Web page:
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  • br Discussion Over the past two decades the incidence of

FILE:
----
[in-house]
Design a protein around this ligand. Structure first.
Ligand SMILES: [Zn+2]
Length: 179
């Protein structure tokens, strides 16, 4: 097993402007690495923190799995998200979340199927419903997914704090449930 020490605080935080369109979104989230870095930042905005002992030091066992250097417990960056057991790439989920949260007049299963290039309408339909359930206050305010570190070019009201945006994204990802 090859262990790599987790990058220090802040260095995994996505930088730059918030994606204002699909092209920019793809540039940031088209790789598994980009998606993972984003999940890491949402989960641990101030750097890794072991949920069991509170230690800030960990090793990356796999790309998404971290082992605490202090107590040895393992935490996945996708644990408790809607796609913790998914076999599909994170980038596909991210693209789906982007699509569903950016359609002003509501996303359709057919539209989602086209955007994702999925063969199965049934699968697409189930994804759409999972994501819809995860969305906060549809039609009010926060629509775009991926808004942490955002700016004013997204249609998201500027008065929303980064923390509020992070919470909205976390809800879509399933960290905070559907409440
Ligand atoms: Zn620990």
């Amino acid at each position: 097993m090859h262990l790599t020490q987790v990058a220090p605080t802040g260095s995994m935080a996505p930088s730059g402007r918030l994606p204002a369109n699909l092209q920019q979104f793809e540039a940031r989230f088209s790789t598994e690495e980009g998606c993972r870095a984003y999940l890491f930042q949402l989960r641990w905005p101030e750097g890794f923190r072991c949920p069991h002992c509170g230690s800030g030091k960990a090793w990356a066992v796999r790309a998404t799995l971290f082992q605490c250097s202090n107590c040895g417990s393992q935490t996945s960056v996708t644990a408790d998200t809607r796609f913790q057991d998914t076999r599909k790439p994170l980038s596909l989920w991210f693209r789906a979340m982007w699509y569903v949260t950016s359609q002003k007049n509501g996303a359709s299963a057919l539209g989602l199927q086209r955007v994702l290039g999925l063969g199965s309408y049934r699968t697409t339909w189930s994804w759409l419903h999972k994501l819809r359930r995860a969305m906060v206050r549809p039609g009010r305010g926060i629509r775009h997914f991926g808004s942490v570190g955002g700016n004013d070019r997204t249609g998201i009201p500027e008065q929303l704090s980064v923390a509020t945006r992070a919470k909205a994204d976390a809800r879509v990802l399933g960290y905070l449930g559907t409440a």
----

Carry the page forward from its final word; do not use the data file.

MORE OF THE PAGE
Discussion Over the past two decades, the incidence of second primary malignancy has progressively risen among cancer survivors and is an issue of increasingly greater concern in oncology. The increasing incidence may be due to the elevated rate of early cancer detection, improved cancer treatment and better supportive care with longer survivor life expectancy. The synchronous occurrence of multiple cancers, although rare, has been reported sporadically in the previous literature. Our own data from a single Taiwan cancer center institute (Chang Gung Memorial Hospital, CGMH, Taoyung, Taiwan) showed that from 2002 to 2012, 1413 patients (0.64%) were diagnosed with triple primary cancers and 305 patients (0.13%) were diagnosed with multiple malignancies of more than 3 cancers. From our data, a total of 7825 patients were diagnosed with gastric cancer and 14,941 patients were diagnosed with breast cancer in the same catalase inhibitor of time. Among those gastric cancer patients, 534 patients (6.8%) had second primary cancers, including 100 patients (1.28%) with colon cancer and 11 patients (0.14%) with breast cancer as a second primary neoplasm. Among breast cancer patients, 1437 patients (9.6%) had second primary cancer, including 52 patients (3.5%) with cervical cancer and 47 patients (3.1%) with colon cancer as second primary neoplasm (unpublished data from CGMH cancer registry). Therefore, cases with triple primary malignancies are extremely rare. Therefore, the limited knowledge to be derived from such a rare experience contributes to the challenge upon clinical diagnosis despite detailed history-taking, physical examination, thorough imaging check-up and advanced immunohistochemical stain techniques. Yet knowledge gained from these rare cases, however limited, may aid in the diagnosis of future cases. Clinically, we observed typically multicentric tumors involved with shared risk factor exposure and/or genetic predisposition with the phenomenon called “field cancerization”, especially in the head and neck area, and colorectal and urinary tract cancers. Conversely, the situation of multiple tumors involving diverse sites commonly has occurred by coincidence; however, it is also possible that field cancerization plays a role in their development. In addition, chemotherapy and radiotherapy may also contribute to the development of neoplasms, such as secondary leukemia and sarcoma. Hereditary cancer syndrome accounts for only 5% of all malignancies and usually presents with the following characteristics: 1) strong family history with high penetrance genotypes, such as hereditary breast and ovarian cancer syndrome with BRCA-1 gene and familial adenomatous polyposis with FAP gene; 2) multiple primary cancers with or without specific tissue type, such as Li-Fraumeni syndrome with early onset sarcoma, adrenocortical carcinoma, brain tumor, leukemia or premenopausal breast cancer; hereditary diffuse gastric cancer with diffuse gastric cancer and invasive lobular breast carcinoma; 3) unusual clinical presentation, such as early onset in hereditary diffuse gastric cancer, Lynch syndrome, and FAP (or multicentric tumors with Von Hippel-Lindau syndrome, heritable retinoblastoma, FAP); or 4) associated non-malignant disease, such as mucocutaneous pigmentation in Peutz-Jeghers syndrome or ataxia telangiectasia with cerebellar ataxia, telangiectasia, or vitiligo. In Taiwan, breast cancer is catalase inhibitor the most prevalent type of cancer for females, with up to 10% of the breast cancers associated with specific hereditary mutations in single-acting genes. Hereditary breast cancer may be present with the following syndromes: hereditary breast and/or ovarian cancer syndrome (HBOC syndrome) linked to mutation in BRCA1 or BRCA2 gene; Li-Fraumeni syndrome with a germline TP53 gene mutation; and Cowden syndrome/PTEN hamartoma syndrome, an autosomal disorder associated with germline mutations in the PTEN tumor suppressor gene. There are some additional genetic mutations associated with breast/ovarian cancer risk, such as CDH1 gene noted in hereditary diffuse gastric cancer syndrome, STK11/LKB1 gene shown in Peutz-Jeghers syndrome, and MMR (Mismatch repair) gene including MLH1, MSH2, MSH6 and PMS2 or EPCAM gene deletion expressed in Lynch syndrome. According to the National Comprehensive Cancer Network (NCCN) guidelines, the criteria for which further genetic risk evaluation should be considered in breast cancer patients includes a known mutation in a breast cancer susceptibility gene within the family, early-age-onset breast cancer, triple negative (ER-, PR-, Her2-) breast cancer, two breast cancer primaries in a single individual, invasive ovarian cancer, male breast cancer, and breast cancer at any age with a) ≥ 1 close blood relative with breast cancer at ≤ 50 years of age; b) ≥ 1 close blood relative with ovarian cancer at any age; c) ≥ 2 close blood relative with breast cancer and/or pancreatic cancer at any age; d) combination of ≥1 of the following malignancies: pancreatic cancer, prostate cancer (Gleason score ≧ 7), sarcoma, adrenocortical carcinoma, brain tumors, endometrial cancer, thyroid cancer, kidney cancer, hamartomatous polyps of the gastrointestinal tract, and diffuse gastric cancer.